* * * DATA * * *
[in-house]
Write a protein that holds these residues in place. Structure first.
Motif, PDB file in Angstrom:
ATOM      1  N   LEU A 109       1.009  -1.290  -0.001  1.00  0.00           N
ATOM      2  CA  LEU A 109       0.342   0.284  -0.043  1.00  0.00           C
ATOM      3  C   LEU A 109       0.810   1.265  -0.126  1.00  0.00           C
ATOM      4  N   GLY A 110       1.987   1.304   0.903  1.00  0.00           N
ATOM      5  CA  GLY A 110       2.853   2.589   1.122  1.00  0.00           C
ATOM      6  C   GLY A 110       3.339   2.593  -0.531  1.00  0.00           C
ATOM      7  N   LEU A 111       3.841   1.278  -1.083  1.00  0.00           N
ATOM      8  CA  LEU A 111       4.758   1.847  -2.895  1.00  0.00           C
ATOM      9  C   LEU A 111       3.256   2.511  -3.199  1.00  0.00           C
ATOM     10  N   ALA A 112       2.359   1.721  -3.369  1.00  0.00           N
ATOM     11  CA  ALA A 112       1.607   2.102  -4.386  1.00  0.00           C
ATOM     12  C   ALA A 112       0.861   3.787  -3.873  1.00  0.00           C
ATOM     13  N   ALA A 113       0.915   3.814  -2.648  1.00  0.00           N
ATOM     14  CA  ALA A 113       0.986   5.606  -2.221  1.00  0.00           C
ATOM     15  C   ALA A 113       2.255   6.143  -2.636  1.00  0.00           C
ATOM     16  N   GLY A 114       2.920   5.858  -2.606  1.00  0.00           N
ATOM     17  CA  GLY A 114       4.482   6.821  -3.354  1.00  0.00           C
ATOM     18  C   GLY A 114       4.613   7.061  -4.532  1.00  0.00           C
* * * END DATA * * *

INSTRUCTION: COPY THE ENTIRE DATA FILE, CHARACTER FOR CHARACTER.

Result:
[in-house]
Write a protein that holds these residues in place. Structure first.
Motif, PDB file in Angstrom:
ATOM      1  N   LEU A 109       1.009  -1.290  -0.001  1.00  0.00           N
ATOM      2  CA  LEU A 109       0.342   0.284  -0.043  1.00  0.00           C
ATOM      3  C   LEU A 109       0.810   1.265  -0.126  1.00  0.00           C
ATOM      4  N   GLY A 110       1.987   1.304   0.903  1.00  0.00           N
ATOM      5  CA  GLY A 110       2.853   2.589   1.122  1.00  0.00           C
ATOM      6  C   GLY A 110       3.339   2.593  -0.531  1.00  0.00           C
ATOM      7  N   LEU A 111       3.841   1.278  -1.083  1.00  0.00           N
ATOM      8  CA  LEU A 111       4.758   1.847  -2.895  1.00  0.00           C
ATOM      9  C   LEU A 111       3.256   2.511  -3.199  1.00  0.00           C
ATOM     10  N   ALA A 112       2.359   1.721  -3.369  1.00  0.00           N
ATOM     11  CA  ALA A 112       1.607   2.102  -4.386  1.00  0.00           C
ATOM     12  C   ALA A 112       0.861   3.787  -3.873  1.00  0.00           C
ATOM     13  N   ALA A 113       0.915   3.814  -2.648  1.00  0.00           N
ATOM     14  CA  ALA A 113       0.986   5.606  -2.221  1.00  0.00           C
ATOM     15  C   ALA A 113       2.255   6.143  -2.636  1.00  0.00           C
ATOM     16  N   GLY A 114       2.920   5.858  -2.606  1.00  0.00           N
ATOM     17  CA  GLY A 114       4.482   6.821  -3.354  1.00  0.00           C
ATOM     18  C   GLY A 114       4.613   7.061  -4.532  1.00  0.00           C